This report details the evaluation of formation damage to each well from either drilling or production.
Achieving economic fluid flow rates from deep geothermal reservoirs is one of the most significant technical challenges confronting the Australian geothermal industry. Geothermal resources hosted within sedimentary basins, also known as Hot Sedimentary Aquifers (HSA) were targeted by developers because unlike fractured granite systems, they were thought to have high natural permeability, so these systems may not require significant reservoir enhancement to achieve economic fluid flows. However, the natural permeability of sedimentary reservoirs can be reduced by diagenesis, where the nature of sediments changes as they are buried. Diagenesis is controlled by parameters including temperature, pressure, mineralogy, and fluid-rock interactions. Drilling activities can also cause damage to the sedimentary rocks in the vicinity of the drill hole, masking the true permeability of the reservoir.
Finally, the act of producing hot water from sedimentary reservoirs can also cause formation damage as fine particles migrate under production towards the well.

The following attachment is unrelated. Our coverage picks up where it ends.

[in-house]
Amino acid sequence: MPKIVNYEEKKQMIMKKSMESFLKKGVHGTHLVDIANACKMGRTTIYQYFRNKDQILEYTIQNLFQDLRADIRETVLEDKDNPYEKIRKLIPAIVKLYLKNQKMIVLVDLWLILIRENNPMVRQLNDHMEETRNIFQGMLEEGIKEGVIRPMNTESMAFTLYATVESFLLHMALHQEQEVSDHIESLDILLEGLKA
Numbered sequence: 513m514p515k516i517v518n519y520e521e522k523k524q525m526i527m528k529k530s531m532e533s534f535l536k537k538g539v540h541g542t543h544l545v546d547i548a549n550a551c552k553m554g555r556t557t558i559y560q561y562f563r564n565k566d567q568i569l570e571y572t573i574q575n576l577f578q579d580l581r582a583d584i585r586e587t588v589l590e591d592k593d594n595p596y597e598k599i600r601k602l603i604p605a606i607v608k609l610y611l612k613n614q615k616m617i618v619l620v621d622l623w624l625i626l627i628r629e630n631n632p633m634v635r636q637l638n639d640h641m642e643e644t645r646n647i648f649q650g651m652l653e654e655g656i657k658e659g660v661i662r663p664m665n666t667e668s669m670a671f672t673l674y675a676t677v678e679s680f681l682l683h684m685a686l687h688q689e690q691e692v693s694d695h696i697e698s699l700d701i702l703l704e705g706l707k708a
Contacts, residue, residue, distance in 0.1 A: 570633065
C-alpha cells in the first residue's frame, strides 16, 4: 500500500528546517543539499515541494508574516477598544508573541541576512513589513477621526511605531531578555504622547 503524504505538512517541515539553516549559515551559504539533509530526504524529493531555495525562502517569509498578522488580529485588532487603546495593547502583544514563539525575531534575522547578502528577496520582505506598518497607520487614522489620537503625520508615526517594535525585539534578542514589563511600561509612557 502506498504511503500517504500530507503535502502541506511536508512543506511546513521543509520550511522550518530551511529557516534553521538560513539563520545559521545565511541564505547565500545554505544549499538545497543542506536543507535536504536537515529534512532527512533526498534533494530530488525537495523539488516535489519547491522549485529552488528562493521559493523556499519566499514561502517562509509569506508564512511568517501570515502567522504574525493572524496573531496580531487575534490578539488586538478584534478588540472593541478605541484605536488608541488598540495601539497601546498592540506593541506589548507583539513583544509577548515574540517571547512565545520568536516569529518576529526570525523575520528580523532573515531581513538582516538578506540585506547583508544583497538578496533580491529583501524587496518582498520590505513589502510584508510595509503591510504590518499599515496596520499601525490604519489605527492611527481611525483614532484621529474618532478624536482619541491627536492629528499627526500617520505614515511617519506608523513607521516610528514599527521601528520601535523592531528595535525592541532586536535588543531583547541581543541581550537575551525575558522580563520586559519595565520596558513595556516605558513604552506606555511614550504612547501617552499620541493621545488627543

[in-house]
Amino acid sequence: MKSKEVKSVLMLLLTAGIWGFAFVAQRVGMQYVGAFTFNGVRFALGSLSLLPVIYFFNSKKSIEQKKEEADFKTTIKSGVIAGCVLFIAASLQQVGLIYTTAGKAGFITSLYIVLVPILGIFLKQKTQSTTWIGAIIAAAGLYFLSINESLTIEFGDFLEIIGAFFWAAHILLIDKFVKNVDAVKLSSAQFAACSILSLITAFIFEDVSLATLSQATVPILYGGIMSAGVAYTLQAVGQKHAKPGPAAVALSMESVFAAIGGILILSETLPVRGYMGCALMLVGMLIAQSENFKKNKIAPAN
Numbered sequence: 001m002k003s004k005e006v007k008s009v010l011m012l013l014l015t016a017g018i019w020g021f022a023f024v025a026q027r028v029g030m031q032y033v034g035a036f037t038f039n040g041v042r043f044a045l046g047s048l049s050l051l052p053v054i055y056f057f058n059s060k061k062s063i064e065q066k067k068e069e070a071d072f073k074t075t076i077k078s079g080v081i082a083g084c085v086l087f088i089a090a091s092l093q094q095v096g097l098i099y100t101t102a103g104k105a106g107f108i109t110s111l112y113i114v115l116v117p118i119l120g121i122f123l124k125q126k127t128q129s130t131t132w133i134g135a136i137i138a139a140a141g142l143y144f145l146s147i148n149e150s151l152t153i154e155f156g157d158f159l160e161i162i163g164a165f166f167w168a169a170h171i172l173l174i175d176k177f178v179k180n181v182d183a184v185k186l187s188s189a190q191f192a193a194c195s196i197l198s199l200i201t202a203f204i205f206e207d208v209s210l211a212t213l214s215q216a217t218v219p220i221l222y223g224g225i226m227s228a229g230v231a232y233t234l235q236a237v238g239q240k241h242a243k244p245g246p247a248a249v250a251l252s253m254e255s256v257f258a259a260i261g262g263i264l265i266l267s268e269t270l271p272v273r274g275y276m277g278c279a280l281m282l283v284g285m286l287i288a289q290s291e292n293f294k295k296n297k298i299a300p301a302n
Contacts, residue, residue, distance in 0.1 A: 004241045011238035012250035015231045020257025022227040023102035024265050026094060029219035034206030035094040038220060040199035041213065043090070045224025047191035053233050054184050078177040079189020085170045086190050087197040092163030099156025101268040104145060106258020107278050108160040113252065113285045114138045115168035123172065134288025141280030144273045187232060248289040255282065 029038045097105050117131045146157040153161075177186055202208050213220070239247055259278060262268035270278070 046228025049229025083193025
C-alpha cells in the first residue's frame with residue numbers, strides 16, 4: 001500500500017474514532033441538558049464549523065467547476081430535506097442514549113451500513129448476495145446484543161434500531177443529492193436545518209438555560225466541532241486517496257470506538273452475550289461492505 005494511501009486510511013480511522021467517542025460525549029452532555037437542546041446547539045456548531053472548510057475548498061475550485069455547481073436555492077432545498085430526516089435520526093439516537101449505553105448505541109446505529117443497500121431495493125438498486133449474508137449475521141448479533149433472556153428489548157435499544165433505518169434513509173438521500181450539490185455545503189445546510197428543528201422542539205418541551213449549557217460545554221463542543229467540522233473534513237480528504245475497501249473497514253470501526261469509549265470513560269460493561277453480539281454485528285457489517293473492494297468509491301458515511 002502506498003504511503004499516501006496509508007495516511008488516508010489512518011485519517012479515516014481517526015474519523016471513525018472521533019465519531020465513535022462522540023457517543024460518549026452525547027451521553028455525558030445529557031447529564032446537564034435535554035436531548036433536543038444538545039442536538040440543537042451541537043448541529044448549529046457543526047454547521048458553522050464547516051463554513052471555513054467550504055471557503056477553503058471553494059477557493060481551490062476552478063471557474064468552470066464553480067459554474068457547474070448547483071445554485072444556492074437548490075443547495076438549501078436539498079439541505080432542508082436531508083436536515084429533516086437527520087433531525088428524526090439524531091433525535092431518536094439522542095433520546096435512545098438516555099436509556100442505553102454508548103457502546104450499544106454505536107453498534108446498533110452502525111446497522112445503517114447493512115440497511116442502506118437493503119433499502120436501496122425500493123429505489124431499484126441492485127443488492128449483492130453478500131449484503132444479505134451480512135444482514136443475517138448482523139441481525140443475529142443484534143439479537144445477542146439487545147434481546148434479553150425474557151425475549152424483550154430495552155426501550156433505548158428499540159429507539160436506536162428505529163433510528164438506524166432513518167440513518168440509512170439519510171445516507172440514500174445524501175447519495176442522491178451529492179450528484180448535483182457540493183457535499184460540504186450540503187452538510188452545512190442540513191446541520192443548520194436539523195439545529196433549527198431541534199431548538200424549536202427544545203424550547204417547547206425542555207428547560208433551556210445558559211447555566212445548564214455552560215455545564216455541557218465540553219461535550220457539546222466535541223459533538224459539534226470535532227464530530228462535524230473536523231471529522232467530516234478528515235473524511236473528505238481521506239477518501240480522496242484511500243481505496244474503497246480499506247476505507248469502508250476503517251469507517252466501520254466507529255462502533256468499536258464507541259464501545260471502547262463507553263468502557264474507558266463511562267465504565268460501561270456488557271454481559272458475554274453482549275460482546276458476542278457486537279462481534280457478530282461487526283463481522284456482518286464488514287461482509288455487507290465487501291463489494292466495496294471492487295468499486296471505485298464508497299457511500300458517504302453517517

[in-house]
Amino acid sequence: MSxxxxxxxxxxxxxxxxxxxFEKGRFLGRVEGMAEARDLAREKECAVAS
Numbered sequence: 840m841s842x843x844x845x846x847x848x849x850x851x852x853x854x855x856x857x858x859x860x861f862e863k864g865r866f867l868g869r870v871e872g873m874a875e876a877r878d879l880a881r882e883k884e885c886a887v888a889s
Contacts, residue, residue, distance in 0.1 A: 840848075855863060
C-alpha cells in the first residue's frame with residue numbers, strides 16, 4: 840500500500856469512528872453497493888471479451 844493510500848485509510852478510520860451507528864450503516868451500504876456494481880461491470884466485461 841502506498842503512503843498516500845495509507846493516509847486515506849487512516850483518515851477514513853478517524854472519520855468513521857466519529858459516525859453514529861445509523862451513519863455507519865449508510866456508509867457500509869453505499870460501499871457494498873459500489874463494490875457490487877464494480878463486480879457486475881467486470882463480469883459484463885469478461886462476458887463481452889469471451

Two geothermal wells have been drilled into HSA plays in Australia: Panax Geothermal Ltd tested their Penola prospect with the 4025 m Salamander-1 well, targeting the Pretty Hill Formation in the Otway Basin, and the Origin Energy Ltd -Geodynamics Ltd JV tested their “Innamincka Shallows” prospect with the 2416 m deep Celsius-1 well, targeting the Hutton Sandstone in the Cooper-Eromanga Basin (Figure 3A).
This project entitled Reservoir Quality in Sedimentary Geothermal Resources is a collaborative research effort between research institutions the University of Adelaide, CSIRO, the South Australian Museum, geothermal development companies Geodynamics Ltd and Raya Group Ltd, and is co-funded to the tune of $1.25 million by the Australian Government’s Australian Renewable Energy Agency (ARENA).